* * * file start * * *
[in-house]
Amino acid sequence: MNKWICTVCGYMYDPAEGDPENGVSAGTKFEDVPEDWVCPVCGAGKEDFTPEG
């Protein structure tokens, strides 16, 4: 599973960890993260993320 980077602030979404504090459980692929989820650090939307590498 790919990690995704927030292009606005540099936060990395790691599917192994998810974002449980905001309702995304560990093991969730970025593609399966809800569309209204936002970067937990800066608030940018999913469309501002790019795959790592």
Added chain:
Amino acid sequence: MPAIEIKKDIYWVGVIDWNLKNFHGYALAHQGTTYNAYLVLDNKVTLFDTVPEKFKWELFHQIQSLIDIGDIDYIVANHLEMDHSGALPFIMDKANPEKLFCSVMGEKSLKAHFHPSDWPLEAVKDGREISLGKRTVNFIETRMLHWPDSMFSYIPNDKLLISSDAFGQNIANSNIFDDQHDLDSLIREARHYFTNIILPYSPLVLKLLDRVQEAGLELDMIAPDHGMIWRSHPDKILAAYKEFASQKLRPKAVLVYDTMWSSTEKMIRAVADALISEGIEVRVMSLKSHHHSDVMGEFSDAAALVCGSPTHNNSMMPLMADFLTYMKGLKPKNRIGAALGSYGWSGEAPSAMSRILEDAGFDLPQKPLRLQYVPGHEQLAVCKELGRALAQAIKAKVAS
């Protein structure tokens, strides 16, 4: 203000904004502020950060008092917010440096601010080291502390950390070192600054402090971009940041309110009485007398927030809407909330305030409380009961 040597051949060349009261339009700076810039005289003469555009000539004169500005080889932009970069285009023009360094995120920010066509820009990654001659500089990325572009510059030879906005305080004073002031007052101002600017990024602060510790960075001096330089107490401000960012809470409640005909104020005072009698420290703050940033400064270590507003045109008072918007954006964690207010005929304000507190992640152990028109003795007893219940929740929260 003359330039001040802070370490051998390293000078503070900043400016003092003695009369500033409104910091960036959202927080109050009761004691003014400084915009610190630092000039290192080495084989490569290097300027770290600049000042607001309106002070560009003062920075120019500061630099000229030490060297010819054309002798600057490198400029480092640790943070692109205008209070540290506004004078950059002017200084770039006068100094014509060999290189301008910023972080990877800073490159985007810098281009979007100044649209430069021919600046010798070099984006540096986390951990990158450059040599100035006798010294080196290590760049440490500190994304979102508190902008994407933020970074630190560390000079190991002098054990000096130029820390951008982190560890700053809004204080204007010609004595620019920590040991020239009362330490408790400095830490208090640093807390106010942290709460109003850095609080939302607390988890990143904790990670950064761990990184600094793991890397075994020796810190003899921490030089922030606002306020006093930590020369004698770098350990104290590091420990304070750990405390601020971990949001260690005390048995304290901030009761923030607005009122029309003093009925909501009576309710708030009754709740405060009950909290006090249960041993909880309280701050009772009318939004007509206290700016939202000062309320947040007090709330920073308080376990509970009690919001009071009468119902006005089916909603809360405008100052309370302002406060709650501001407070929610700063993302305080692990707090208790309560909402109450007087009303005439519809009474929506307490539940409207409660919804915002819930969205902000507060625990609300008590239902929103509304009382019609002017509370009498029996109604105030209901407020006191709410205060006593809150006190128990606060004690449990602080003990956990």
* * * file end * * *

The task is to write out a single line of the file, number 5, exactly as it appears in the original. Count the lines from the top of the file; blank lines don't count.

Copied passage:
Amino acid sequence: MPAIEIKKDIYWVGVIDWNLKNFHGYALAHQGTTYNAYLVLDNKVTLFDTVPEKFKWELFHQIQSLIDIGDIDYIVANHLEMDHSGALPFIMDKANPEKLFCSVMGEKSLKAHFHPSDWPLEAVKDGREISLGKRTVNFIETRMLHWPDSMFSYIPNDKLLISSDAFGQNIANSNIFDDQHDLDSLIREARHYFTNIILPYSPLVLKLLDRVQEAGLELDMIAPDHGMIWRSHPDKILAAYKEFASQKLRPKAVLVYDTMWSSTEKMIRAVADALISEGIEVRVMSLKSHHHSDVMGEFSDAAALVCGSPTHNNSMMPLMADFLTYMKGLKPKNRIGAALGSYGWSGEAPSAMSRILEDAGFDLPQKPLRLQYVPGHEQLAVCKELGRALAQAIKAKVAS